One of the few great inescapable facts in the field of economics is the reality of the business cycle. No matter how high-flying an economy might appear, another recession is coming sooner or later. It can be difficult, if not impossible, to regularly predict when one might occur, or how severe it may be, but recessions and their place in the business cycle are an accepted fact of economic life. Therefore, preparing for recessions is an equally inescapable concept.
It has been more than eight years since the end of the last recession, the third longest period of expansion in U.S. history, and many are rightfully beginning to look ahead to the next economic downturn. However, one of the most effective ways to look forward is to look back and make sure that we have adequately learned the lessons of the Great Recession. Nowhere is this type of postmortem more appropriate than for state and local governments.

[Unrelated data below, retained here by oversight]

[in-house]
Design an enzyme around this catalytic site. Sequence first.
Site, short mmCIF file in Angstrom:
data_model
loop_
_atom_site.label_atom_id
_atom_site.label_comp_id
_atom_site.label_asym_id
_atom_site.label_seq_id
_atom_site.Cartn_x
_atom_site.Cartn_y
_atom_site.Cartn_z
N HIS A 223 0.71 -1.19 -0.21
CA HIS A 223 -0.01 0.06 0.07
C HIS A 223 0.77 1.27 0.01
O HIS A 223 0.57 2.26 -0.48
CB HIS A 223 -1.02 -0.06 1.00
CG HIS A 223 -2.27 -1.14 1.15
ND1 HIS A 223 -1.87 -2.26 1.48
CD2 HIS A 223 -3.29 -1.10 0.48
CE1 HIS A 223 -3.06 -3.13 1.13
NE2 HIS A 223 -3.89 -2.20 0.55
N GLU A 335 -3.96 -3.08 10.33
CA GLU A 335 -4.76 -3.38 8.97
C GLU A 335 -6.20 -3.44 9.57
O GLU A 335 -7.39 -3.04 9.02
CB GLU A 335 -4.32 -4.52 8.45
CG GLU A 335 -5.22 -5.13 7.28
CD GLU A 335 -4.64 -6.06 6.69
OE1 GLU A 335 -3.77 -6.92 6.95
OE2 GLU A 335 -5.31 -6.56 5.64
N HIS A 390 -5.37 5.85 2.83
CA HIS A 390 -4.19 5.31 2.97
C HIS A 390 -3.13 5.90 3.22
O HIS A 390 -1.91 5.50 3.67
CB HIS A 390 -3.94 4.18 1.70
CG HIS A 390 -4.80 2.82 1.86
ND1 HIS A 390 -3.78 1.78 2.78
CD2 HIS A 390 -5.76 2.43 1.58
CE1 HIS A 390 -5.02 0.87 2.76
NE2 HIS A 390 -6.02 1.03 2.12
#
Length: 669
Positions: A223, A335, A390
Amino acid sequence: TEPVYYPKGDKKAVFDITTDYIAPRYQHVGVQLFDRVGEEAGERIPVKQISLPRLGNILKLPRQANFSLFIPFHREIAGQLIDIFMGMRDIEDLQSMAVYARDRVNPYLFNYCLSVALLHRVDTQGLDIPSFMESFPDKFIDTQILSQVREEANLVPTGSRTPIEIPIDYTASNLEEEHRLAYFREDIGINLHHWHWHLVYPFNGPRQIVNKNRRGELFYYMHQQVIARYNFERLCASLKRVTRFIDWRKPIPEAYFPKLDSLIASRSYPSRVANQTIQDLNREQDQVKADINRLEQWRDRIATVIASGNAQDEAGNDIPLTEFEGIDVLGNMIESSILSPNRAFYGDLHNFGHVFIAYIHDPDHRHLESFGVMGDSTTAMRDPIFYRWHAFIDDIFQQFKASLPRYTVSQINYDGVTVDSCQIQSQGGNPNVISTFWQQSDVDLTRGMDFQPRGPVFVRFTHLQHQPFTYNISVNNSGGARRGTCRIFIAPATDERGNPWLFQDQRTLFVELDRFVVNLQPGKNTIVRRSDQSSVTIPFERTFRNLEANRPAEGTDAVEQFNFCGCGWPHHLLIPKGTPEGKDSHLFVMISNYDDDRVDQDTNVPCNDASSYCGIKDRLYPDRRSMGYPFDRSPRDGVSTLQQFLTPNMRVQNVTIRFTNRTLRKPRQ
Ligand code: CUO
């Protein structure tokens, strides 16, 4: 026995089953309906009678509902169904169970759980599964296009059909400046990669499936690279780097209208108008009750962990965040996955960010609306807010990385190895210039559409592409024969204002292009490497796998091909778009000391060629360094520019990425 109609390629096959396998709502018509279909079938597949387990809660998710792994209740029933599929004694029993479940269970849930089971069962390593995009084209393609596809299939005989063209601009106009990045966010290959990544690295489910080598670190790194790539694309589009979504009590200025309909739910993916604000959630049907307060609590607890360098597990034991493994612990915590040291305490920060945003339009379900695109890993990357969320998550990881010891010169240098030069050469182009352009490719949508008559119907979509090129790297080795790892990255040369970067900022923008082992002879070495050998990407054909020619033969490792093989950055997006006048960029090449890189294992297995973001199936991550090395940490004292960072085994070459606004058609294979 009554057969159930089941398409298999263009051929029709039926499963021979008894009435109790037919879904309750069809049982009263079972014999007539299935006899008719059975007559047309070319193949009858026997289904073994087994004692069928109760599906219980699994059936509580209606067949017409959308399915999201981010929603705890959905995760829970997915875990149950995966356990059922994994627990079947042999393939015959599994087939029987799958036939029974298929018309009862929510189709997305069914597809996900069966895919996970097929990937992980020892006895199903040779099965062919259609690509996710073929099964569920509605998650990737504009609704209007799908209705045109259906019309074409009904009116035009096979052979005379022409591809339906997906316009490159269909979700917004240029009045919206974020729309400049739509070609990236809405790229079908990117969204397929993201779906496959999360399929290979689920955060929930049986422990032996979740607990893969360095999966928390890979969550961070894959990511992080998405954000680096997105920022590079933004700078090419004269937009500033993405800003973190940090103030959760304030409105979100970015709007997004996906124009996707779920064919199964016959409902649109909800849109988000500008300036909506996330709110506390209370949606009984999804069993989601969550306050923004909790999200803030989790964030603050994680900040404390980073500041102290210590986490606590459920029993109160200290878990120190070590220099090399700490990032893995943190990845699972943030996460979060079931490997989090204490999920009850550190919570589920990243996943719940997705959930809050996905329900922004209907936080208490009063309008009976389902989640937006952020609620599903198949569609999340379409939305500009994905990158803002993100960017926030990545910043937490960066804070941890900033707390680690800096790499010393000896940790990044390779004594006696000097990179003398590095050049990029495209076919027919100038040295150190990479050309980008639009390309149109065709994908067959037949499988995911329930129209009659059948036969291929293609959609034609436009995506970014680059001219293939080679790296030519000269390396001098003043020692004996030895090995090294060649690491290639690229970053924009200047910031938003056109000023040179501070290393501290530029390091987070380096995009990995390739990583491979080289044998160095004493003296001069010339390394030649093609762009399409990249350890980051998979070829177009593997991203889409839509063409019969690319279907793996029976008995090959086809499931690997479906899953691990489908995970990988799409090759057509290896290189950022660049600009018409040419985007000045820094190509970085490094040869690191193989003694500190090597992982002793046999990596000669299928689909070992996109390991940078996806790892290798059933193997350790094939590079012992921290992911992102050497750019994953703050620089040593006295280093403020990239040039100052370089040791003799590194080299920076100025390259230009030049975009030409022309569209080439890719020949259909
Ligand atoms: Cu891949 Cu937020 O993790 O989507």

In the five fiscal years immediately following the start of the Great Recession, state and local governments shed almost 750,000 workers. Though this undoubtedly cut waste and increased efficiency in many governments across the country, it also was a painful and disruptive change to many parts of the economy. The loss of so many mid-wage jobs over so short a time is a big reason that the Great Recession was followed by the not-so-great recovery. Research shows that extraordinary fiscal actions can harm regional and national economic recoveries, differentiating performance relative to that of neighbors.
To be fair, state and local governments typically lag the economy coming out of a recession, so it is no wonder that their payrolls should have shrunk significantly following the largest economic downturn in more than a generation. However, something was different about the way the Great Recession impacted states in particular, but also their local government counterparts.
During the immediate five years of the recovery, state and local government employment lagged the rest of the economy by a larger margin than ever before. Almost a decade later, state and local government payrolls have still not recovered to pre-recession levels, plateauing around 300,000 jobs below the previous peak. On a per-capita basis, there are actually fewer state and local government employees today than at any time since the late 1980s.